Sheldon Whitehouse on The Rachel Maddow Show explains how everything we've been told about the Bush administration's torture program is not true.
Maddow: You are on the Intelligence Committee which of course is reviewing the treatment of high value detainees in what's described as being an exhaustive investigation. You gave a very powerful speech on the Senate floor two nights ago about torture. We played a long piece of it and you talked about the degree to which the American people have been misled on the issue.
In what way do you think that we've been, that we've been misled. What do you think is wrong about the way we've been talking about and fighting about torture?
Whitehouse: The story line Rachel has been that, here are these al Qaeda terrorists who are tougher than anyone, and if you put them in front of FBI agents who have to give them Miranda warnings and inexperienced Army interrogators, they get no place. But then you turn them over to the tough, experienced CIA interrogators and then suddenly, very significant information that saved lives begins to emerge.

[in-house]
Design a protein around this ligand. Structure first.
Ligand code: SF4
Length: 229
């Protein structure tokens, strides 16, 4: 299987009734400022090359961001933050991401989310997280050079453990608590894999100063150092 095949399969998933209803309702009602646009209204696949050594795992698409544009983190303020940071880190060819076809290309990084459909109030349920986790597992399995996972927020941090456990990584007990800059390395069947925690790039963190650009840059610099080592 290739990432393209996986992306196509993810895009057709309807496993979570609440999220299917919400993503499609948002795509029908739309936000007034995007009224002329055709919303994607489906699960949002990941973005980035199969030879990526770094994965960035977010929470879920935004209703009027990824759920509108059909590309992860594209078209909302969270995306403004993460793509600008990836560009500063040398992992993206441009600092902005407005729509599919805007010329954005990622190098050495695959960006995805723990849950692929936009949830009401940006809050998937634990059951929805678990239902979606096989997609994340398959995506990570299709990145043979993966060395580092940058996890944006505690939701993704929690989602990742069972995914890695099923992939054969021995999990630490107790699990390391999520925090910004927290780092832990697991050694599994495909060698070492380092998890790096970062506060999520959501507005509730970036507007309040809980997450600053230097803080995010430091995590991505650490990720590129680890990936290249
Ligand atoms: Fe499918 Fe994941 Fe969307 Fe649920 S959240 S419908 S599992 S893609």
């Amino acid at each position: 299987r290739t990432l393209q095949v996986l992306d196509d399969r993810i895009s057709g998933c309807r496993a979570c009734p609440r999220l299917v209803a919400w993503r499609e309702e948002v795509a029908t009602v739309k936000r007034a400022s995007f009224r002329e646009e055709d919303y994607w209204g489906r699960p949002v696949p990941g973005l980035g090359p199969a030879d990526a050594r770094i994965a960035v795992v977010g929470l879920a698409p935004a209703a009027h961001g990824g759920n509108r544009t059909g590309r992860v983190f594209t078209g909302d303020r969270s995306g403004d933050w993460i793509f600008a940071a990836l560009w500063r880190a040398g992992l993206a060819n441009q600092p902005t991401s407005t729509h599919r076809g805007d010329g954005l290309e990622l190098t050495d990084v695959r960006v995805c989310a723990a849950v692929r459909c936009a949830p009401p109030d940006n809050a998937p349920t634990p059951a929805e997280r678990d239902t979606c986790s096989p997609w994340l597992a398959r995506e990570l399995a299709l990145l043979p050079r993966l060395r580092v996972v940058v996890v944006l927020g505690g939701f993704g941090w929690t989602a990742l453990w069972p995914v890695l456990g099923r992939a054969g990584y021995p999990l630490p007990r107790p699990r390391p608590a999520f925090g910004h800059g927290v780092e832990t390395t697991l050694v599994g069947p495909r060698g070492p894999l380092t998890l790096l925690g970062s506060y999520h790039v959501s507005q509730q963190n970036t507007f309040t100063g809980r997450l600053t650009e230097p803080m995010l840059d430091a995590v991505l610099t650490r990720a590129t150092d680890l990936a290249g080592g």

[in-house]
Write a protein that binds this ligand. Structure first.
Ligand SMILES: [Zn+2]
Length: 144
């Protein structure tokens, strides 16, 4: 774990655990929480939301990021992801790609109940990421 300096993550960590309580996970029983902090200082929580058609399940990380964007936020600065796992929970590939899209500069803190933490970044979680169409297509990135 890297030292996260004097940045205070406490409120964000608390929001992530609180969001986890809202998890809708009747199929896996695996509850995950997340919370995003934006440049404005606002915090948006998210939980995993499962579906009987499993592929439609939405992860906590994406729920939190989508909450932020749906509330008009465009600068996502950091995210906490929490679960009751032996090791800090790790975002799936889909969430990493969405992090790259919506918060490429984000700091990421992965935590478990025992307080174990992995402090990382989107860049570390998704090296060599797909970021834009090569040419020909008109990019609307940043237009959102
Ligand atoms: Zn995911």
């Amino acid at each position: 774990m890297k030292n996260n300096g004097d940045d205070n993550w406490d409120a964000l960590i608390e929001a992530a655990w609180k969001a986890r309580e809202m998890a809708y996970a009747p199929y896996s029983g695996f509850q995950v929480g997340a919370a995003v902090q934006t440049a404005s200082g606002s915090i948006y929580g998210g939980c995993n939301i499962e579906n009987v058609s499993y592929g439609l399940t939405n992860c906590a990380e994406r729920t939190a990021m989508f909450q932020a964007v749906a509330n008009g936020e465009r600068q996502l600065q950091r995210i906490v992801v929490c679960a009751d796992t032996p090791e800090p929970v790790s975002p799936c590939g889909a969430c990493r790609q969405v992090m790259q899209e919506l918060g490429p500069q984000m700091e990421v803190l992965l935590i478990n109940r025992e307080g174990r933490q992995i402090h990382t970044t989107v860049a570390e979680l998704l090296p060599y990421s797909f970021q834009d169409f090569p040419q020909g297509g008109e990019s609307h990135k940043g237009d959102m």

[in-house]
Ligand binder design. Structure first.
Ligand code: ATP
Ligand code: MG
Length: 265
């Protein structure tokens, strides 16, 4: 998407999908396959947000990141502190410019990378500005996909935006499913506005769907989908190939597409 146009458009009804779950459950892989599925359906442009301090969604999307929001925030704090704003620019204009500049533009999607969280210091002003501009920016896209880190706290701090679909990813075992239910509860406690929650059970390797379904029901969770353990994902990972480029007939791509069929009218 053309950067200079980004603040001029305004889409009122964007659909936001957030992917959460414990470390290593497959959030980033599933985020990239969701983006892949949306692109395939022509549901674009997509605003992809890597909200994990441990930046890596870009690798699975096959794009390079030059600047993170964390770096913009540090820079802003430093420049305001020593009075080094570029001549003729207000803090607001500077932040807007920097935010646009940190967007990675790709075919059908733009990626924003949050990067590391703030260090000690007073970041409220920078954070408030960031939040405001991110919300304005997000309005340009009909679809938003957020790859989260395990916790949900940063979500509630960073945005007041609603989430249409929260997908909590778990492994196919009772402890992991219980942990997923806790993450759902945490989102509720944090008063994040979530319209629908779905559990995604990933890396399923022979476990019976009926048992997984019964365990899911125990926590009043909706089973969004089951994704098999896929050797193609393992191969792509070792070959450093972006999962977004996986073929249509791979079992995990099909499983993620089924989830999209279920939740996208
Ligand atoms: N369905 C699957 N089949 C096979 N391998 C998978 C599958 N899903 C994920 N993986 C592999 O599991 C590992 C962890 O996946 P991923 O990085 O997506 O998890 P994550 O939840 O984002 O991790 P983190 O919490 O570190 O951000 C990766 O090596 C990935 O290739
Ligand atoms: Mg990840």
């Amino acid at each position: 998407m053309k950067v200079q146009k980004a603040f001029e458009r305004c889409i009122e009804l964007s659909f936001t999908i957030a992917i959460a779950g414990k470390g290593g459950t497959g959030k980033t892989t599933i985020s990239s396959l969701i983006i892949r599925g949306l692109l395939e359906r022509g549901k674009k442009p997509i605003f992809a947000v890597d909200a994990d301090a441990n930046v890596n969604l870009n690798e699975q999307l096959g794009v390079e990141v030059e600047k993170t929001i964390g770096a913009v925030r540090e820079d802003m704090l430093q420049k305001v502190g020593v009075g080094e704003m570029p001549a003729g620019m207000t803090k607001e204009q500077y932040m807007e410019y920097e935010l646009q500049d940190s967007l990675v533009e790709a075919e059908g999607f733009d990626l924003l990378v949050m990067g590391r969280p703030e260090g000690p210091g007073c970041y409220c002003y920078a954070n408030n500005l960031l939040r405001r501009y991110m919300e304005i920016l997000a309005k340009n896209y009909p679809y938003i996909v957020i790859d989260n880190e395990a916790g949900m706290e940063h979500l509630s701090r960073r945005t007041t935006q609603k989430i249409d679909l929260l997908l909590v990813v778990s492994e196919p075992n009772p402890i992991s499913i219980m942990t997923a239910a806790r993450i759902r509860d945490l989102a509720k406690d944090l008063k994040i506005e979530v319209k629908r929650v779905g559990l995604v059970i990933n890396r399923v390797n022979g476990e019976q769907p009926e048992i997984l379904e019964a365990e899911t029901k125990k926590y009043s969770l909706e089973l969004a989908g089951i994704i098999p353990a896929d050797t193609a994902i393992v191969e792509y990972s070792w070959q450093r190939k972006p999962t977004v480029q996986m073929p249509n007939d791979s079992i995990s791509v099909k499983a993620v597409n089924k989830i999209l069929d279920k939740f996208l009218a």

Maddow: That sounds like the outline of the President's speech on that in September 2006. That's exactly what he said.
Whitehouse: And exactly what Vice President Cheney had been saying and it's been the party line on this subject really from the very beginning.
Whitehouse: The problem is that as you drill into it, you find out that all of the different elements aren't true. You find out that the CIA was actually the amateurish organization in interrogations and the FBI agents and the military interrogators were the true trained professionals.
Whitehouse goes on to explain that they're not at the stage in the investigation where chain of command issues are yet raised. He says there is justification for those issues to be raised during separate, executive branch investigations, which may be yet to come, and where executive privilege does not apply.
Sen. Whitehouse's speech on the Senate floor below the fold.